I had went to bed while she was out buying it, but woke up the next morning eager to try it out. I was the first one up as I sat in front of the living room heating vent to keep myself warm as I introduced myself to the device; "Hello, tape recorder, we're going to make some beautiful music together". Along with the recorder itself, my mom had also bought a blank cassette. It was a 90-minute tape made by TDK. She had been told by her sister that 120 minute tapes break relatively easy because of their extra-long size.
I tried to put what I thought was the tape into the recorder, but it was too big. I realized, after a minute or two, that the cassette was still in its case. I opened it up and put the tape inside. The first thing I recorded was me saying, "Testing...1...2...3... Testing ...1...2...3". I played it back and, like many, didn't really believe that the way I sounded on the tape was how I came off in real life. That first day, I recorded a number of TV commercials (a Qbert ad, for one) as well as my brothers and sister talking a bit.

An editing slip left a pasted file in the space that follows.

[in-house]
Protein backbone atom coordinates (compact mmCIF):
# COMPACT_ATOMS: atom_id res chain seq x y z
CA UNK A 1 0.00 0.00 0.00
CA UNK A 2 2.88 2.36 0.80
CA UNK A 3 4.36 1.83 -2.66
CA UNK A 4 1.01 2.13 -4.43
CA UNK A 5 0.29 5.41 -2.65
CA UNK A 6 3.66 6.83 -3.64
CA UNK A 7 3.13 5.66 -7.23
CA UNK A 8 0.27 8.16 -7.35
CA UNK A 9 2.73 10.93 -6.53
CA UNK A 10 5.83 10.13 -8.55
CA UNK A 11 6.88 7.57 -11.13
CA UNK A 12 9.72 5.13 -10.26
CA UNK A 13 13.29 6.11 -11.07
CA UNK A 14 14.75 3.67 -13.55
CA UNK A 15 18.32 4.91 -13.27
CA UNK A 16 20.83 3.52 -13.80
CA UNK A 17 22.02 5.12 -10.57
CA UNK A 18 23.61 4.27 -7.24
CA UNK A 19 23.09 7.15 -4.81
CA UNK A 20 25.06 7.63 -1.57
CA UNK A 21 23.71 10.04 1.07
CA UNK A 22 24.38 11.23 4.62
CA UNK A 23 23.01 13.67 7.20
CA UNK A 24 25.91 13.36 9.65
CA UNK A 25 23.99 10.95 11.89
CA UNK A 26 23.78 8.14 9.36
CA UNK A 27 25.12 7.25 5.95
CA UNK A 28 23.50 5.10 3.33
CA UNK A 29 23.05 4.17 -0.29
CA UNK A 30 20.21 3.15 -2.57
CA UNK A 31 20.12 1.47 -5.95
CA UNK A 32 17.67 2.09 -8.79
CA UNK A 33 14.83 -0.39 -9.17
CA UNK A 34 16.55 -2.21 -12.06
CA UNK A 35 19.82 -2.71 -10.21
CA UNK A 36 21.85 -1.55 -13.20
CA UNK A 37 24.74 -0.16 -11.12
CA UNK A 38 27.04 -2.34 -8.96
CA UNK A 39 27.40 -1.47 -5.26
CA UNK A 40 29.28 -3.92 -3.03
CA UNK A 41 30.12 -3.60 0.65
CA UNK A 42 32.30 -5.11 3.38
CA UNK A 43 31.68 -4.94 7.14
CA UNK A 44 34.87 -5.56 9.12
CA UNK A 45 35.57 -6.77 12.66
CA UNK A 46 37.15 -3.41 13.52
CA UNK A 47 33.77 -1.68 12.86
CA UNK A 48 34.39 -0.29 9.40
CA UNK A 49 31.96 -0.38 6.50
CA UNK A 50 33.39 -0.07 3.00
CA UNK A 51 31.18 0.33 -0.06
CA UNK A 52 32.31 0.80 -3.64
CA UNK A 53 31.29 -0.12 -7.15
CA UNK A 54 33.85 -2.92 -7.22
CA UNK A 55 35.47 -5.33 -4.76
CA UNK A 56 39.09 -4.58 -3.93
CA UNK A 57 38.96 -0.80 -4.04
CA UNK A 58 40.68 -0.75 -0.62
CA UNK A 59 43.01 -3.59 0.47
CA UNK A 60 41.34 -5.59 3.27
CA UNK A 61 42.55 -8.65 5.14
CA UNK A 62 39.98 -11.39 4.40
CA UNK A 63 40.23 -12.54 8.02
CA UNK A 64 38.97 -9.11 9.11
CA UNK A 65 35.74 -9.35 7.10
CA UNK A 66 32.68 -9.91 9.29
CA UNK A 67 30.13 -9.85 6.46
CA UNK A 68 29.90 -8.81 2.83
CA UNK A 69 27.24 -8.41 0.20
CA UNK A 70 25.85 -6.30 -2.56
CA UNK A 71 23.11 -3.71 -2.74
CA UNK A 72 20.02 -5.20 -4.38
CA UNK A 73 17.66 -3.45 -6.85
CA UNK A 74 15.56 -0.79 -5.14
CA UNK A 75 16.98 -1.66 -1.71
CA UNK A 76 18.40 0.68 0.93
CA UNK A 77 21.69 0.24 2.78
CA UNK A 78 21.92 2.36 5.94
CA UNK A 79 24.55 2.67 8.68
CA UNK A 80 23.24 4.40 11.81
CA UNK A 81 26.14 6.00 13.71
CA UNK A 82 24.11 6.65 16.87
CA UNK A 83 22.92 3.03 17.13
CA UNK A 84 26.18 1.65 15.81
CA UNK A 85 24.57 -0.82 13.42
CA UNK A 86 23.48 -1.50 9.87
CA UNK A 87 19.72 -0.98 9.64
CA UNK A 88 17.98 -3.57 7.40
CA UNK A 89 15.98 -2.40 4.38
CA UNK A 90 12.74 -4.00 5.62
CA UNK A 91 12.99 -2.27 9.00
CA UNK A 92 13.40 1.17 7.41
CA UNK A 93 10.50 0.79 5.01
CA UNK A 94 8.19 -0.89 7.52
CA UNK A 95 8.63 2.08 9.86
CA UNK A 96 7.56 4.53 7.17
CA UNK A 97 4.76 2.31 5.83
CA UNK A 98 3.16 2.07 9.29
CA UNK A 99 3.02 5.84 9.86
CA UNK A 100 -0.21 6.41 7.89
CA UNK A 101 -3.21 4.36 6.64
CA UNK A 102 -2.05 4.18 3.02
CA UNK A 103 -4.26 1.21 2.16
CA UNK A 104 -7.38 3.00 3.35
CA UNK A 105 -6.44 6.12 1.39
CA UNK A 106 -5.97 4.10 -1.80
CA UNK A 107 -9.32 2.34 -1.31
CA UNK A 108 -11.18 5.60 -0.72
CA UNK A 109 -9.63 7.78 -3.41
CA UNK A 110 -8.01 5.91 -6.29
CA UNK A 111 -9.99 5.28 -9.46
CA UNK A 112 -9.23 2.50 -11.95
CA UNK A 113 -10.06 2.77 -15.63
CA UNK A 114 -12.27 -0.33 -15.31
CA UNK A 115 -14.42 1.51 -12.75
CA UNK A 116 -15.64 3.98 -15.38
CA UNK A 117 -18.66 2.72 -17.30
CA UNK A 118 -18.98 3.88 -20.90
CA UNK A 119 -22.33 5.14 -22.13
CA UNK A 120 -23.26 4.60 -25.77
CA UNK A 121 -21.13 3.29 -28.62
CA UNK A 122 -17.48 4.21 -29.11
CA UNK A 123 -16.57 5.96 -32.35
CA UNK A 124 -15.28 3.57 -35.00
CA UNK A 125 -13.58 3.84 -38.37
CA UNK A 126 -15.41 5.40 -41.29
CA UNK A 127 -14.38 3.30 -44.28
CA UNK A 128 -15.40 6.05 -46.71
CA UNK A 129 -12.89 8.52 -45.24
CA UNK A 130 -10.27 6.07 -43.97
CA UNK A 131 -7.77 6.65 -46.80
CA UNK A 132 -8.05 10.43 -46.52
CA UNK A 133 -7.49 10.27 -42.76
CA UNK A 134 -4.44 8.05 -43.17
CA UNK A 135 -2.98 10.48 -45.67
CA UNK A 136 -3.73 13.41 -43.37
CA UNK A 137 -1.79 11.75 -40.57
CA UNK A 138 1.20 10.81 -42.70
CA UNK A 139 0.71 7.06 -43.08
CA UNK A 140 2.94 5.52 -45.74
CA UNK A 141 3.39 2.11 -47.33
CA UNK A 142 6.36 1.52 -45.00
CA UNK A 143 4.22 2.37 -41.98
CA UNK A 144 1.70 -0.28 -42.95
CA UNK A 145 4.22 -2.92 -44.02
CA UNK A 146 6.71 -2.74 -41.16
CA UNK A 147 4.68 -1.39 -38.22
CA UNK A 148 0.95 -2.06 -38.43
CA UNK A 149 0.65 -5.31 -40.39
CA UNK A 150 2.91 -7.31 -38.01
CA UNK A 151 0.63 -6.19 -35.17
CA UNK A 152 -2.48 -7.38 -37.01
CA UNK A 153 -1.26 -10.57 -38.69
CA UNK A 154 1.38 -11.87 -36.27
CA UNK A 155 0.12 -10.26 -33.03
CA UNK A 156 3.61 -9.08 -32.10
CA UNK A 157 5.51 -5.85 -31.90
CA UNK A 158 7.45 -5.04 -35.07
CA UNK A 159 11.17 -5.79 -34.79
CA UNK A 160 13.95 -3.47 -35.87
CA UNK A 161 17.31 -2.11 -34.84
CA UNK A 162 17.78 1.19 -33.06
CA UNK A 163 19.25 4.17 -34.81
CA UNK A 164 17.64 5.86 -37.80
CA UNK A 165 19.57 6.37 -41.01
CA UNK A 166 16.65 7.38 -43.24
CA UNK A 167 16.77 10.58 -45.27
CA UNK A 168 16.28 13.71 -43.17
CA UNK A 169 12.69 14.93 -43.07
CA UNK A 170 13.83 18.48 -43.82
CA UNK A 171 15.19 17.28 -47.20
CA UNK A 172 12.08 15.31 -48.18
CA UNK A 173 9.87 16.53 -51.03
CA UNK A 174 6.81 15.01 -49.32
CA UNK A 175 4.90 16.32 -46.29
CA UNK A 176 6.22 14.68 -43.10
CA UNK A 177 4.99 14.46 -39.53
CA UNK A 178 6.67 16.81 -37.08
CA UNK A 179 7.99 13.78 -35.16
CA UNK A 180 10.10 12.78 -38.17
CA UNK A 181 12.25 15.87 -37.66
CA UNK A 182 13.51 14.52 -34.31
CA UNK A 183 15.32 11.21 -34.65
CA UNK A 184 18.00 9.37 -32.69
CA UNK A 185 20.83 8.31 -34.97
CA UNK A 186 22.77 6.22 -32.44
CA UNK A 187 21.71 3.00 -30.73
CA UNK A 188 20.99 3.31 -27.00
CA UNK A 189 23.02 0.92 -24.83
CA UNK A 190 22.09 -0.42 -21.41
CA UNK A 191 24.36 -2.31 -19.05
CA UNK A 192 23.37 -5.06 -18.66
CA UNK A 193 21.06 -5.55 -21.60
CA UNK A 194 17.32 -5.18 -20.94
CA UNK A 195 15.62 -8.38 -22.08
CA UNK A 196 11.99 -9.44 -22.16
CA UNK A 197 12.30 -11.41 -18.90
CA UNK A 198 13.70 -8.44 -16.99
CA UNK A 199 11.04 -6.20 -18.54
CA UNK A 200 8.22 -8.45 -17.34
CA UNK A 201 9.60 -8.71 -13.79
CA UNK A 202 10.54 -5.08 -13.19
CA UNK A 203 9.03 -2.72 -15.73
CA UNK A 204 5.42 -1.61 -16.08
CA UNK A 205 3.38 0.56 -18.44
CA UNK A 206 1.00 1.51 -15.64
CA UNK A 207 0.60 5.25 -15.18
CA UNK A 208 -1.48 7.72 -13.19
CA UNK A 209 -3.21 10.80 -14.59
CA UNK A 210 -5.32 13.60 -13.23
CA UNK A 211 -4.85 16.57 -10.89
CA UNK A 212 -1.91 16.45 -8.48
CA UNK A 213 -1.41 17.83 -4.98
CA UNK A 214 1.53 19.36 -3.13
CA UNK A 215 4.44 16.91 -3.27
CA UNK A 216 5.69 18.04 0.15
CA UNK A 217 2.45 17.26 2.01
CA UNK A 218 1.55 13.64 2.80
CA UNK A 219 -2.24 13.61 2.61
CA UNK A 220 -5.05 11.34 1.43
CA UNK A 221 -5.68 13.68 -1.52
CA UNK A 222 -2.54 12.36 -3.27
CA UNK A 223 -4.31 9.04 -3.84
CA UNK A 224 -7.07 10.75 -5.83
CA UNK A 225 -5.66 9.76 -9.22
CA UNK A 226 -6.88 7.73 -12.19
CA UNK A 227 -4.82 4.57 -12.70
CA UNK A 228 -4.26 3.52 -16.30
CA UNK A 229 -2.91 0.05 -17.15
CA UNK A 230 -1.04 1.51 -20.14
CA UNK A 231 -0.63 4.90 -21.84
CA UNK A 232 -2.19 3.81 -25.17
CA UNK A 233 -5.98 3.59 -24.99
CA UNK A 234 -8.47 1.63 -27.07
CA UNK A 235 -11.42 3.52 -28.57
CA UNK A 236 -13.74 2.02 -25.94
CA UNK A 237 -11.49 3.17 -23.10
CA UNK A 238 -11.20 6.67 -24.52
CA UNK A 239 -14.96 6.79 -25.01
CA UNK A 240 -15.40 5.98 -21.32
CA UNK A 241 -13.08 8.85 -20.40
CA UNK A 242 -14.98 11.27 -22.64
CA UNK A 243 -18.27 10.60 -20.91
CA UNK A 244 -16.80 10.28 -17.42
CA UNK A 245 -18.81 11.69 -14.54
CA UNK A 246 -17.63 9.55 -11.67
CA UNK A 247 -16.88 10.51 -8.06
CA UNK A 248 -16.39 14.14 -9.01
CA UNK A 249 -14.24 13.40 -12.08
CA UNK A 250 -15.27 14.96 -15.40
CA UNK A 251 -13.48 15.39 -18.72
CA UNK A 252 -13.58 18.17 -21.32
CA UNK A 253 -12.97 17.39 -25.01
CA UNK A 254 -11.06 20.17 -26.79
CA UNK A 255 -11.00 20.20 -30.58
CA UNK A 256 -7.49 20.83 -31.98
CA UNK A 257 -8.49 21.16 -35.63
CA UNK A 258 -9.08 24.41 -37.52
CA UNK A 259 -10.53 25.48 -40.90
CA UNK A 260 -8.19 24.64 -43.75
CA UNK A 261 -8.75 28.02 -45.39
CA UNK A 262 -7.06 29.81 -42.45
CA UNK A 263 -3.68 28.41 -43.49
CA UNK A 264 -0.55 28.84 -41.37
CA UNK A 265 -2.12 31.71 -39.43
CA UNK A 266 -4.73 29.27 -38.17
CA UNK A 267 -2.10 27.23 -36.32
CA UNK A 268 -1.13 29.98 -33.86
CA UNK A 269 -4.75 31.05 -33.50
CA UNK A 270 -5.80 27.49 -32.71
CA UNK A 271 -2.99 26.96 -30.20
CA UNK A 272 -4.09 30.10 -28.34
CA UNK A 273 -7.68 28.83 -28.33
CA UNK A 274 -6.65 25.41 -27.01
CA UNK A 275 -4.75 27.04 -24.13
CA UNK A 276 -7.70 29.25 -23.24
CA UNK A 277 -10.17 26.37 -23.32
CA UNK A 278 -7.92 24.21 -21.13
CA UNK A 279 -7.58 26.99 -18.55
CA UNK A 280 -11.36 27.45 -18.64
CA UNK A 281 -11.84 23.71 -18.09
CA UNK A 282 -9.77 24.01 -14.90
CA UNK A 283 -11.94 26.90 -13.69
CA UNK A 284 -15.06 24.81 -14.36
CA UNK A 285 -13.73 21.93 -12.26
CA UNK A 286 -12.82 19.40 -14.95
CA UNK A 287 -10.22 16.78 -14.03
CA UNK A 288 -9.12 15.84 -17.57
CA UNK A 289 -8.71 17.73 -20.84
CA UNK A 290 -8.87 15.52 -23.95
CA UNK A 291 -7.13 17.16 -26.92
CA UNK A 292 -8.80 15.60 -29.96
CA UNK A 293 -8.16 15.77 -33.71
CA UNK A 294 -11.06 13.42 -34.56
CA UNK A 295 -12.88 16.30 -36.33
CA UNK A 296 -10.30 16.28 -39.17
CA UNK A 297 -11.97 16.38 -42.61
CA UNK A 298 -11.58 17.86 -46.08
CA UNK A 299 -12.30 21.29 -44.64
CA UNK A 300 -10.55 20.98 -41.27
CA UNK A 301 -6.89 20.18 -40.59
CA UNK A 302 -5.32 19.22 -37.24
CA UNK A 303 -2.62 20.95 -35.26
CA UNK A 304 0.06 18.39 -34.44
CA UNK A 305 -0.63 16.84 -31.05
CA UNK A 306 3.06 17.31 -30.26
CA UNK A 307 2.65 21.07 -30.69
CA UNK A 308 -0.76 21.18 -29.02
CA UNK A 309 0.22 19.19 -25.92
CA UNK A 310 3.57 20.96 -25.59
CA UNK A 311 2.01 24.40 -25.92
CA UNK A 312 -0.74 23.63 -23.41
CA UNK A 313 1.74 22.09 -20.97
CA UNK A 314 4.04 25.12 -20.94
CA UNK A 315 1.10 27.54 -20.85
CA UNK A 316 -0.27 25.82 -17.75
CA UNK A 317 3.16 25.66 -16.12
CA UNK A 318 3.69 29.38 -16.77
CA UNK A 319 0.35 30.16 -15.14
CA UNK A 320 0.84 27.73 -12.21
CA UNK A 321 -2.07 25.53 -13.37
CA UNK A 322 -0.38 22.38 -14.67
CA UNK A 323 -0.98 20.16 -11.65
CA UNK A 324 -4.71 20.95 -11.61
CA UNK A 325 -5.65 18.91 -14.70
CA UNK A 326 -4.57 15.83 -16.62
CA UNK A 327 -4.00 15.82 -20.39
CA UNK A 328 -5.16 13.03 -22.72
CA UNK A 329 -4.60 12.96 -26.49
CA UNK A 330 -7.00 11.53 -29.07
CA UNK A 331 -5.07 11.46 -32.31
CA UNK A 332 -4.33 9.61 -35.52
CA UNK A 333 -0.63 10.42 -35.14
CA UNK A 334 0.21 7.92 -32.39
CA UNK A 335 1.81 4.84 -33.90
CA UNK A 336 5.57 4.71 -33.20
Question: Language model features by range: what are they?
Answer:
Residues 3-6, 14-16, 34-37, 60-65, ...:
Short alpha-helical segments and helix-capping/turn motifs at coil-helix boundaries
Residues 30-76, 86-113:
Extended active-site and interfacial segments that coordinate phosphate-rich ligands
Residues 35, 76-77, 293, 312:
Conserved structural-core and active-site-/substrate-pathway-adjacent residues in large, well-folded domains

The device hit its full potential in the summer of '83 when I recorded an adaptation of the blockbuster movie "Return of the Jedi" with my siblings. As we headed into the second half of that recording, I quizzed my younger brother on Star Wars minutiae: